The actress and helmer discuss bringing the twisty murder mystery — which became HBO’s most watched show of 2020 — to the screen
Director Susanne Bier vividly remembers her first meeting with Nicole Kidman to discuss collaborating on The Undoing, the pair’s nail-biter of an HBO limited series. The director walked into the Sunset Marquis to find the star seated beneath a giant black-and-white portrait of herself. “It was almost mythical,” says Bier, who needed little convincing to sign on to the project. Kidman, for her part, was completely unaware of the placement. “I didn’t see it!” she insists. “I just remember that we clicked and that she really wanted the show to be a thriller, not a character study, and that was exciting to me.” The two went on to bring David E. Kelley’s scripts to life in the compelling, six-episode limited series, which became the network’s most watched show of 2020.
Nicole, you collaborated with David on Big Little Lies. What did you feel he was doing differently in this script that made you excited to work with him again?
NICOLE KIDMAN Well, this is primarily about a marriage and about a family, so it’s very much the couple front and center. I loved that. That’s what David had not done in Big Little Lies. He was shaping it to so many different storylines and so many different women, and so to be the focus of his attention through the whole show was really, really exciting to me. And I just get his rhythms and I can speak his rhythms, and it’s just rare that you get that kind of connection with a writer where you feel that whatever they write, you can grasp.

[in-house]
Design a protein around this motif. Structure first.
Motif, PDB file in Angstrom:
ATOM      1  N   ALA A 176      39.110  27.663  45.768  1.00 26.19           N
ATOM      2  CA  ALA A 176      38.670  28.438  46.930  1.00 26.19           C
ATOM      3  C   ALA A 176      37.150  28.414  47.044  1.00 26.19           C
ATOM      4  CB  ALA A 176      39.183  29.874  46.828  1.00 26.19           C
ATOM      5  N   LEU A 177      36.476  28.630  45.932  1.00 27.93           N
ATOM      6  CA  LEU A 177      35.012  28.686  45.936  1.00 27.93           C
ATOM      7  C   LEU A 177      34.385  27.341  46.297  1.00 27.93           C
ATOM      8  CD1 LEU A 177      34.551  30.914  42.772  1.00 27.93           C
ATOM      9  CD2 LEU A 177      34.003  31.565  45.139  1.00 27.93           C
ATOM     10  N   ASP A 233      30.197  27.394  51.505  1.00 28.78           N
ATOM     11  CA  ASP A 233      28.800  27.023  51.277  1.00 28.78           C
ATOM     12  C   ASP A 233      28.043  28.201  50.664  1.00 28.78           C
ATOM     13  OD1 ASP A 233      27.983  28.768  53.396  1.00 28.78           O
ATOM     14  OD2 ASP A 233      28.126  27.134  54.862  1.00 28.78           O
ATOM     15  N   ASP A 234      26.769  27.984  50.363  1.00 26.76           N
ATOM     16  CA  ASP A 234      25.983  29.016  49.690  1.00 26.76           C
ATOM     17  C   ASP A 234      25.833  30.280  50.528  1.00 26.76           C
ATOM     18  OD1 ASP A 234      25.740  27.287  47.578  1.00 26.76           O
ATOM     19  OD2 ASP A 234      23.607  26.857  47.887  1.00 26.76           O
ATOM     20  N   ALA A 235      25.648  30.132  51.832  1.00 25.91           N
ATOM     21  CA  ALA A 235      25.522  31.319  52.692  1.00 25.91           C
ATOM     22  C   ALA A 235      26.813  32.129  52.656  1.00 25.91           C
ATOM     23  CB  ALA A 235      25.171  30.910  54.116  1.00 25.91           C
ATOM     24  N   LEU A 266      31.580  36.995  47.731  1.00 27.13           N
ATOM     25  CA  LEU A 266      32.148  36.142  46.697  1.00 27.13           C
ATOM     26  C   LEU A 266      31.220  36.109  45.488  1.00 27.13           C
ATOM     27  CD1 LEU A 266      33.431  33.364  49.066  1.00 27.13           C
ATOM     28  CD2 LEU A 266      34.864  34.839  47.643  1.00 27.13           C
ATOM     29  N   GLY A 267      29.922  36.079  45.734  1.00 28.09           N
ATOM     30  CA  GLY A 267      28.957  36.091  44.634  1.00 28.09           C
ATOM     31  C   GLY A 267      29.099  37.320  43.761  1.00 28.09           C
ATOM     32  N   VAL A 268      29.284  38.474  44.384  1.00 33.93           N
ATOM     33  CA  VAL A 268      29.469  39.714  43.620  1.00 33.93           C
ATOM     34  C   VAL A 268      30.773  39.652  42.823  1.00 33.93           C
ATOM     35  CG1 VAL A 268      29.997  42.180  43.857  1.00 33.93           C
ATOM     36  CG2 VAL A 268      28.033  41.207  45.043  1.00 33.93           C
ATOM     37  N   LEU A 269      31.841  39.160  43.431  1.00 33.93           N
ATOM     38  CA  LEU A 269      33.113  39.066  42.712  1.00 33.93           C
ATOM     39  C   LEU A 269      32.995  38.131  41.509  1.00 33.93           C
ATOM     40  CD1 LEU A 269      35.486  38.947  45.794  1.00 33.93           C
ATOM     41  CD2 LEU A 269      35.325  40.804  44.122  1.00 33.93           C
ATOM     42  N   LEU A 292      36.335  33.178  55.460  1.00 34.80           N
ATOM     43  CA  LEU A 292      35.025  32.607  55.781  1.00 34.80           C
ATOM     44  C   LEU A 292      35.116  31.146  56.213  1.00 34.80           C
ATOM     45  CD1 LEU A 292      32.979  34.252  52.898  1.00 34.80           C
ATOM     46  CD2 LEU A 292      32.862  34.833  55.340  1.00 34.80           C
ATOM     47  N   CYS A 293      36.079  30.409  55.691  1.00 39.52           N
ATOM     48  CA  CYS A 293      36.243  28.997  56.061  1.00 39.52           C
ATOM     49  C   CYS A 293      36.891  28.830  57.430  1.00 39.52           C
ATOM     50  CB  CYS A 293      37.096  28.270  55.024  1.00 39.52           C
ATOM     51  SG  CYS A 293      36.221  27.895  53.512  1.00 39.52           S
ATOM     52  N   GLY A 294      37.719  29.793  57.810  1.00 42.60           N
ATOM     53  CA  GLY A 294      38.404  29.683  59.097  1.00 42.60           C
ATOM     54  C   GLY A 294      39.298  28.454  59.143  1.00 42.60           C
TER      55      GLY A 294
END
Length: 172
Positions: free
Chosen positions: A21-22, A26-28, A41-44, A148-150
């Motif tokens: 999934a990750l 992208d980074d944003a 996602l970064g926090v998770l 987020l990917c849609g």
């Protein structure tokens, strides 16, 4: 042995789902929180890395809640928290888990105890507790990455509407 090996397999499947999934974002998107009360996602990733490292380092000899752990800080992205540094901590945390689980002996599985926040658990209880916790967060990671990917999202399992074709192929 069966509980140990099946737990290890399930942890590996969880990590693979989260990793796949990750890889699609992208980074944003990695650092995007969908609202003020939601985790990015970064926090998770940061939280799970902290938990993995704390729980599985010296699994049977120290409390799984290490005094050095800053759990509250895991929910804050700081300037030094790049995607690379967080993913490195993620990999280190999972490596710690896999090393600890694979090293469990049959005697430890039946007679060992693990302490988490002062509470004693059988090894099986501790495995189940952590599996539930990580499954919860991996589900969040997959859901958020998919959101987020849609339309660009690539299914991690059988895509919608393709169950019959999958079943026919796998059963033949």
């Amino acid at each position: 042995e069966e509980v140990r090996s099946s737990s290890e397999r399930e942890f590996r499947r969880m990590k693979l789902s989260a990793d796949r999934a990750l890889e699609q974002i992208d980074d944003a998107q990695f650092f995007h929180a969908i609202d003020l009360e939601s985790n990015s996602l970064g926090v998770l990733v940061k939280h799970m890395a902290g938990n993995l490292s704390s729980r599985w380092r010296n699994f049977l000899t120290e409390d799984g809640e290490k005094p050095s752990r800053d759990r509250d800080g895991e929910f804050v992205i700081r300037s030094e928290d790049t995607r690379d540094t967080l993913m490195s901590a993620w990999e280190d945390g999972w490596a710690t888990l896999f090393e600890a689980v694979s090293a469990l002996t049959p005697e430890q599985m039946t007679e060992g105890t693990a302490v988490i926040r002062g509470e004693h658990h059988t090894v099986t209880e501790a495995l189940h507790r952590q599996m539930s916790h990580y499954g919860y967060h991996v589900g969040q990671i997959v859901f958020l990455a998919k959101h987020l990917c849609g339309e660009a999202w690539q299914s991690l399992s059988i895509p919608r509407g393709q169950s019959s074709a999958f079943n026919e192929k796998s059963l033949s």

Susanne, not having worked with David before, what was your reaction to the initial scripts?
SUSANNE BIER I wanted more. David’s writing is very precise and very compelling. It could really go both ways because he can go very deep in character studies, but I think he got very excited about the thrill of it all. I felt that making it more of a thriller would allow for the character stories but would give the characters a very clear direction, which I felt was needed.
The show is based on a novel called You Should Have Known. How much liberty did you feel you could take with the adaptation?
BIER David had made it very clear to the author early on that he felt the novel only really worked in terms of making it into TV for the first couple of episodes. So that was a clear agreement between them that he would use the novel for the first two episodes and then he would shape the series in the way that he felt was right. And it is very different — one of the biggest differences being that the character of Jonathan [played by Hugh Grant] is a huge part of the series and not so much in the novel.